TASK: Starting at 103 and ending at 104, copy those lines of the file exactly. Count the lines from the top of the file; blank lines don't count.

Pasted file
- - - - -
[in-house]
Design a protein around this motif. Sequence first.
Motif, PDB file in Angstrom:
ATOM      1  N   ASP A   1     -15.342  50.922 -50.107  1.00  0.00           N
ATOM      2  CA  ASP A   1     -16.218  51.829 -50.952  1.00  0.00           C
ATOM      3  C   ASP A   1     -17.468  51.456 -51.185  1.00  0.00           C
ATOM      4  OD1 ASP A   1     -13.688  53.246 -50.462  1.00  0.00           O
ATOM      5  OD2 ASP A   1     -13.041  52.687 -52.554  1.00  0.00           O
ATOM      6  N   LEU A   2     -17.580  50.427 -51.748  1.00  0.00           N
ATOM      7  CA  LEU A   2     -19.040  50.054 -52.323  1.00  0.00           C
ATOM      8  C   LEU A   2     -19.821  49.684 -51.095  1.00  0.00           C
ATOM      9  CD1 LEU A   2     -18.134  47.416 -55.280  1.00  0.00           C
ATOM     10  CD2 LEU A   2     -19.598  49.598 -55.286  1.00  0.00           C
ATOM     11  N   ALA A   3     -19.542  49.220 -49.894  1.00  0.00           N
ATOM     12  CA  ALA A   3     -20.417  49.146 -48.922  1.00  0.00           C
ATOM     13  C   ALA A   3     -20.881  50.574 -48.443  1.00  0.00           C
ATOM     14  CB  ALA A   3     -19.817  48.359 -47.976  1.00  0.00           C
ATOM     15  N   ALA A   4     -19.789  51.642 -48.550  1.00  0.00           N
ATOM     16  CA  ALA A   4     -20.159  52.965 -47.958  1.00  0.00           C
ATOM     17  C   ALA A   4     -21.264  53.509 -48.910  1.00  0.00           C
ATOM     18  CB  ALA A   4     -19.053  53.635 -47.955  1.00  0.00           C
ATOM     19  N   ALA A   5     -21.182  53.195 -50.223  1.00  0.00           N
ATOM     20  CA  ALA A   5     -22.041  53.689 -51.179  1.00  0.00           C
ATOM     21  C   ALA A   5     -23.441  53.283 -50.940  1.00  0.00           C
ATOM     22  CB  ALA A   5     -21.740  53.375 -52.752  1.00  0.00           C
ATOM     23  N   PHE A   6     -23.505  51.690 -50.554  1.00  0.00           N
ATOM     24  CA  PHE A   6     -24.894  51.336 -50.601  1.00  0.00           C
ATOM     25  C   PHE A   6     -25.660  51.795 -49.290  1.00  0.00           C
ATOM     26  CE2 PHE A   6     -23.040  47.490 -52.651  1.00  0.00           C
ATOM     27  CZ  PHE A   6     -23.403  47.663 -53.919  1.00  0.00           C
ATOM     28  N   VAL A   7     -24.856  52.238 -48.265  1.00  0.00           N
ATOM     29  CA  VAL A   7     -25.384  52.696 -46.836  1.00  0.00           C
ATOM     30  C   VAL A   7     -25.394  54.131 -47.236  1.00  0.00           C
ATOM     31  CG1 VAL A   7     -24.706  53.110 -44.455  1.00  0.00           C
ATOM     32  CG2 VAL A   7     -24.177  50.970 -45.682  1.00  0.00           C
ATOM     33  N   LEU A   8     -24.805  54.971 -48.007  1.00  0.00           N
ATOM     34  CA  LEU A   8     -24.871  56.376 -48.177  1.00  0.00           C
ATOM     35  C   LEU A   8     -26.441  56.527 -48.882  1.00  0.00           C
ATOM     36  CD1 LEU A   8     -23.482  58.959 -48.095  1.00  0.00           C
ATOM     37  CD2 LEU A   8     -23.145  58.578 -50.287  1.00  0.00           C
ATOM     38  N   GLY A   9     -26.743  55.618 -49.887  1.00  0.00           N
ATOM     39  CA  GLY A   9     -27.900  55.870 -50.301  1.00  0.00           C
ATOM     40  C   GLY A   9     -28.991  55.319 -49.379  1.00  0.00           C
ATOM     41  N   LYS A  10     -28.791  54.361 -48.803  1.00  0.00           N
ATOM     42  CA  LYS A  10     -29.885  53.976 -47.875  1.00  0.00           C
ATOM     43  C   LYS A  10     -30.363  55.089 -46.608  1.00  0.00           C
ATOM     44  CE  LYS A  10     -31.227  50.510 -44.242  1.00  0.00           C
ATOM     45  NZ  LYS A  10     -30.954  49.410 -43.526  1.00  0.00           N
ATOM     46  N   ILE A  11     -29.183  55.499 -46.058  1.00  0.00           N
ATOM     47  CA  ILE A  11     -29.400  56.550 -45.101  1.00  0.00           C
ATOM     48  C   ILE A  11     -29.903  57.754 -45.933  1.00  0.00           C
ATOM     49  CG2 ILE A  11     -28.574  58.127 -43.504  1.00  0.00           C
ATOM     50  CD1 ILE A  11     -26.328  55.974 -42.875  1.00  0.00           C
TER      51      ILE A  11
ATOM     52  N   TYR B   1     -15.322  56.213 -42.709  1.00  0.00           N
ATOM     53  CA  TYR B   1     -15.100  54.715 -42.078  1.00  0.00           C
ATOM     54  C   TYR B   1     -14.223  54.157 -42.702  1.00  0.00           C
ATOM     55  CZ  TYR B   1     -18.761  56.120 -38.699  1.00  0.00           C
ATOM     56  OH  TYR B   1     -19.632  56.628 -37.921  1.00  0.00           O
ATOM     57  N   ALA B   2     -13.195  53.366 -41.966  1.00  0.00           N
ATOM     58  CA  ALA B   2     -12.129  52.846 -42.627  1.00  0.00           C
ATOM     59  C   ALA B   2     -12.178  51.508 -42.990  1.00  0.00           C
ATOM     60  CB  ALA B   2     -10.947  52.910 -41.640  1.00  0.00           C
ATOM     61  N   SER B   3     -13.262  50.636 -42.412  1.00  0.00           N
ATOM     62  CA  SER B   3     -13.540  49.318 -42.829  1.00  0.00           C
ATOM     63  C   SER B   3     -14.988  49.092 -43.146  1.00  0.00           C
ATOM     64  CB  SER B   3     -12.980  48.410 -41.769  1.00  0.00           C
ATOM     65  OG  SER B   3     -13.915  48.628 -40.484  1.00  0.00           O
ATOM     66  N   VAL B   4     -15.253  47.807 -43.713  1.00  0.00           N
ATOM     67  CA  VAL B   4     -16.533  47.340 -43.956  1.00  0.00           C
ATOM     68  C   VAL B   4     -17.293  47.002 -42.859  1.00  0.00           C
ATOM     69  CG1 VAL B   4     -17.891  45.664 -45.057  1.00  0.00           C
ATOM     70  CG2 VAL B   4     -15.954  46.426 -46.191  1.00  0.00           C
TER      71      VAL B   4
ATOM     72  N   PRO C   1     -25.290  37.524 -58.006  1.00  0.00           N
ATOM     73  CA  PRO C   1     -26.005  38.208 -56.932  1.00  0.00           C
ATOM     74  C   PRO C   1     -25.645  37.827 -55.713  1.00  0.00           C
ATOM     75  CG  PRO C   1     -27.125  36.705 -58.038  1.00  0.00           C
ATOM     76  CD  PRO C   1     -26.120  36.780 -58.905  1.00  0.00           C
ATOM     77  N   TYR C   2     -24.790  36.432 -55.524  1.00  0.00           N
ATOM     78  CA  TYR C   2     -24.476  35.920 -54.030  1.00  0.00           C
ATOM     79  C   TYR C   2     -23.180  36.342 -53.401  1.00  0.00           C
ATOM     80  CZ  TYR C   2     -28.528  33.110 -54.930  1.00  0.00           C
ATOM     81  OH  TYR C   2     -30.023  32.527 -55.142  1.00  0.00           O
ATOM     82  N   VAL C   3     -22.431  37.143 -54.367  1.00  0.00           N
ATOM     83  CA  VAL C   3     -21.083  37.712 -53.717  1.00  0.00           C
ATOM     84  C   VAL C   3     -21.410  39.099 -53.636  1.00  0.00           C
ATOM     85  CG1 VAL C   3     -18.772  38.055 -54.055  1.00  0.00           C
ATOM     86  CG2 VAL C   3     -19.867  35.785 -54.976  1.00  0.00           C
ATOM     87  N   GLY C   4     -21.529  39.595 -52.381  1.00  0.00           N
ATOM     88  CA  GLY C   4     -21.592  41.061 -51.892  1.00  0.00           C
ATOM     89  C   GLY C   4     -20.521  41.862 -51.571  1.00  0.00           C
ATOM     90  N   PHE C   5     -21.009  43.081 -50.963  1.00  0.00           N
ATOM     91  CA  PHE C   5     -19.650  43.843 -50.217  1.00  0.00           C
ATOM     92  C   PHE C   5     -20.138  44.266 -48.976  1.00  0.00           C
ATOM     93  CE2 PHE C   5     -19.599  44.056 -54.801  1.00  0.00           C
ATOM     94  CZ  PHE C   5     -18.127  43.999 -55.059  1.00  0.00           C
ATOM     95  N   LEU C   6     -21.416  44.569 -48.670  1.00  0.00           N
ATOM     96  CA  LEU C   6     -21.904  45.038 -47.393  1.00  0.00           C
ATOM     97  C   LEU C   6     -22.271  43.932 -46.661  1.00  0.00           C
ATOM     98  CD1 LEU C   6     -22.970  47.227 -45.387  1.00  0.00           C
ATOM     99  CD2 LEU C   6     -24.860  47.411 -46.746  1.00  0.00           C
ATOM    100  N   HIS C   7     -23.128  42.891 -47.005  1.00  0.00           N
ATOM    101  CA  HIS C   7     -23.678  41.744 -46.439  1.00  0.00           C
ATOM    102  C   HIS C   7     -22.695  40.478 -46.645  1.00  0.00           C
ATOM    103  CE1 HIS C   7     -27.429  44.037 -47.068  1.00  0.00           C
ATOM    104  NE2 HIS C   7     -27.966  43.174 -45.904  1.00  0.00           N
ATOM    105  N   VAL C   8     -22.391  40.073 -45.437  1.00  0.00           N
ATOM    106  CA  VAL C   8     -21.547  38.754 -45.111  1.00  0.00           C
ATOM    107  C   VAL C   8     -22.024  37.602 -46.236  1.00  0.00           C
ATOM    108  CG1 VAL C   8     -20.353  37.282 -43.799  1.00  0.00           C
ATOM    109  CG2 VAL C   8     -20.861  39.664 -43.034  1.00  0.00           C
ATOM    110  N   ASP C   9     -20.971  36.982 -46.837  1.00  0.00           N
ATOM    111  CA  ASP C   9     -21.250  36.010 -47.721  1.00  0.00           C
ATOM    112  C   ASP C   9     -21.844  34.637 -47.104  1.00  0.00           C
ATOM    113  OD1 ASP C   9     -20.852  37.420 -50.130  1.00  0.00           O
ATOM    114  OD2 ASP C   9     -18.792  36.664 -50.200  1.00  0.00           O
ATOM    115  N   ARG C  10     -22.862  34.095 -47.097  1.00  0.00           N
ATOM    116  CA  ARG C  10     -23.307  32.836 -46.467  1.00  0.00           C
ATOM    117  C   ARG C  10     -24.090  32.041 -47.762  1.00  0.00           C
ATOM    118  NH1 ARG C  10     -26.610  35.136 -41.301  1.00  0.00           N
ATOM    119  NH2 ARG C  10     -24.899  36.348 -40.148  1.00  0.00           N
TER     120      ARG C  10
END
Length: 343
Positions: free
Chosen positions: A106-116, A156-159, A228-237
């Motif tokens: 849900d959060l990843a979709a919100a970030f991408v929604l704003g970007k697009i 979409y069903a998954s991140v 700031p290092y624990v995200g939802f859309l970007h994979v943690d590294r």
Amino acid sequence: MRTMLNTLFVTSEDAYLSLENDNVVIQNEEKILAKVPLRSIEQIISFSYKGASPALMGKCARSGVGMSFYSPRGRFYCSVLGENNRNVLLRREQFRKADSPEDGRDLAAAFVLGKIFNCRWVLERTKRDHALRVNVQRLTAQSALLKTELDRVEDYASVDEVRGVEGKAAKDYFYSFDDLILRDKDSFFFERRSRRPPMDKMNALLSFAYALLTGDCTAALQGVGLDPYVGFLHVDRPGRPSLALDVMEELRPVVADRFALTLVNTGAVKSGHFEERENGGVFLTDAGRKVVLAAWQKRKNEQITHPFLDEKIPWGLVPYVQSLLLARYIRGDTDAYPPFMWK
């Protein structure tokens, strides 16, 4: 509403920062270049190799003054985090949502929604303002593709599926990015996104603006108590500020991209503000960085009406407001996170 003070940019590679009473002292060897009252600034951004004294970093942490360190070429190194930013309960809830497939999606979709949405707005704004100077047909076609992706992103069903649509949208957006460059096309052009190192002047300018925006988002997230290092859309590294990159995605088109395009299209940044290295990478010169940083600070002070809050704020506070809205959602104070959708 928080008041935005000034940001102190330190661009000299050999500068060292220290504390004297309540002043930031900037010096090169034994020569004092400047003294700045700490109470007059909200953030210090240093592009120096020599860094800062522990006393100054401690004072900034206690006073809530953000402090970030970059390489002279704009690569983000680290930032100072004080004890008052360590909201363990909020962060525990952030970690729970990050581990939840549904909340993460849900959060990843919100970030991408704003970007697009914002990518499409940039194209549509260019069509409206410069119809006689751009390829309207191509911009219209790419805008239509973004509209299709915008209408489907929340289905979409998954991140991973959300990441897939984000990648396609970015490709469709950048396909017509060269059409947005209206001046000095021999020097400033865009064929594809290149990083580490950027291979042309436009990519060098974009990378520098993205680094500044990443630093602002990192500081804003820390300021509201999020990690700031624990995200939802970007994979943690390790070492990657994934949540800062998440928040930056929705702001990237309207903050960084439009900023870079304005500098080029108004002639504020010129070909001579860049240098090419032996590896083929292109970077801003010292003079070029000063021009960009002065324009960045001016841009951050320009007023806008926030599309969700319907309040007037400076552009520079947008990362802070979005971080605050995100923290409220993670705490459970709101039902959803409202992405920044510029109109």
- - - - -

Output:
ATOM    100  N   HIS C   7     -23.128  42.891 -47.005  1.00  0.00           N
ATOM    101  CA  HIS C   7     -23.678  41.744 -46.439  1.00  0.00           C